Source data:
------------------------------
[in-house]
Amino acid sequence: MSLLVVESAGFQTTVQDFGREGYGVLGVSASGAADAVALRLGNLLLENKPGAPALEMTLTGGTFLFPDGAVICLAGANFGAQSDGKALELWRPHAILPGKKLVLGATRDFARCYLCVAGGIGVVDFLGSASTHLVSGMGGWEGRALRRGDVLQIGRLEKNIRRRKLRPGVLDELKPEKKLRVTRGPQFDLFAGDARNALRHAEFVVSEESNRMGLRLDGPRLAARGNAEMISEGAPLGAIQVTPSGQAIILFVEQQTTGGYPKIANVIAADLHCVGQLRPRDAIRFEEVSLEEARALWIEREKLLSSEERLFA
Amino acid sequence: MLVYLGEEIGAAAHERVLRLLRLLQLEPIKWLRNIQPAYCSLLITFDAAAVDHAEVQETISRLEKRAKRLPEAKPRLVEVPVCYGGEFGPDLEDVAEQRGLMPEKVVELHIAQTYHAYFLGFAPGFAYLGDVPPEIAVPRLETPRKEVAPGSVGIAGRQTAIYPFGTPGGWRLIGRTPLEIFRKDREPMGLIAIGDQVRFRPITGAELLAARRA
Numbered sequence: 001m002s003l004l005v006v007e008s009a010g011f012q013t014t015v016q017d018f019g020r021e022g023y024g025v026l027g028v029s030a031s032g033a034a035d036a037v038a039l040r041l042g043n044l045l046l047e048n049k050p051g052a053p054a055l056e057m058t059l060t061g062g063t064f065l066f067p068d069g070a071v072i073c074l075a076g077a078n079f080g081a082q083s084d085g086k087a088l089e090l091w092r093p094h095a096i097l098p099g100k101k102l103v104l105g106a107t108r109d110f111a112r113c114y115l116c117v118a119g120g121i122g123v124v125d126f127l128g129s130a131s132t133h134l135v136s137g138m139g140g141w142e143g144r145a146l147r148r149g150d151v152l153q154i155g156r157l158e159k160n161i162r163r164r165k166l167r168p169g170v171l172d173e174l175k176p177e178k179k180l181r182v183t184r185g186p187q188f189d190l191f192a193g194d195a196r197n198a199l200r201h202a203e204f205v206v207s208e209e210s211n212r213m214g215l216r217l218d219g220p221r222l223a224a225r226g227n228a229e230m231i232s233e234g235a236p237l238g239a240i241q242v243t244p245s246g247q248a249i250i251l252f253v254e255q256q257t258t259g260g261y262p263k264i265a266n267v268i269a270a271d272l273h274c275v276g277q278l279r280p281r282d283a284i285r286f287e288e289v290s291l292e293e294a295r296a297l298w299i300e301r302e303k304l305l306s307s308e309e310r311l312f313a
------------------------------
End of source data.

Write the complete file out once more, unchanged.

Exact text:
[in-house]
Amino acid sequence: MSLLVVESAGFQTTVQDFGREGYGVLGVSASGAADAVALRLGNLLLENKPGAPALEMTLTGGTFLFPDGAVICLAGANFGAQSDGKALELWRPHAILPGKKLVLGATRDFARCYLCVAGGIGVVDFLGSASTHLVSGMGGWEGRALRRGDVLQIGRLEKNIRRRKLRPGVLDELKPEKKLRVTRGPQFDLFAGDARNALRHAEFVVSEESNRMGLRLDGPRLAARGNAEMISEGAPLGAIQVTPSGQAIILFVEQQTTGGYPKIANVIAADLHCVGQLRPRDAIRFEEVSLEEARALWIEREKLLSSEERLFA
Amino acid sequence: MLVYLGEEIGAAAHERVLRLLRLLQLEPIKWLRNIQPAYCSLLITFDAAAVDHAEVQETISRLEKRAKRLPEAKPRLVEVPVCYGGEFGPDLEDVAEQRGLMPEKVVELHIAQTYHAYFLGFAPGFAYLGDVPPEIAVPRLETPRKEVAPGSVGIAGRQTAIYPFGTPGGWRLIGRTPLEIFRKDREPMGLIAIGDQVRFRPITGAELLAARRA
Numbered sequence: 001m002s003l004l005v006v007e008s009a010g011f012q013t014t015v016q017d018f019g020r021e022g023y024g025v026l027g028v029s030a031s032g033a034a035d036a037v038a039l040r041l042g043n044l045l046l047e048n049k050p051g052a053p054a055l056e057m058t059l060t061g062g063t064f065l066f067p068d069g070a071v072i073c074l075a076g077a078n079f080g081a082q083s084d085g086k087a088l089e090l091w092r093p094h095a096i097l098p099g100k101k102l103v104l105g106a107t108r109d110f111a112r113c114y115l116c117v118a119g120g121i122g123v124v125d126f127l128g129s130a131s132t133h134l135v136s137g138m139g140g141w142e143g144r145a146l147r148r149g150d151v152l153q154i155g156r157l158e159k160n161i162r163r164r165k166l167r168p169g170v171l172d173e174l175k176p177e178k179k180l181r182v183t184r185g186p187q188f189d190l191f192a193g194d195a196r197n198a199l200r201h202a203e204f205v206v207s208e209e210s211n212r213m214g215l216r217l218d219g220p221r222l223a224a225r226g227n228a229e230m231i232s233e234g235a236p237l238g239a240i241q242v243t244p245s246g247q248a249i250i251l252f253v254e255q256q257t258t259g260g261y262p263k264i265a266n267v268i269a270a271d272l273h274c275v276g277q278l279r280p281r282d283a284i285r286f287e288e289v290s291l292e293e294a295r296a297l298w299i300e301r302e303k304l305l306s307s308e309e310r311l312f313a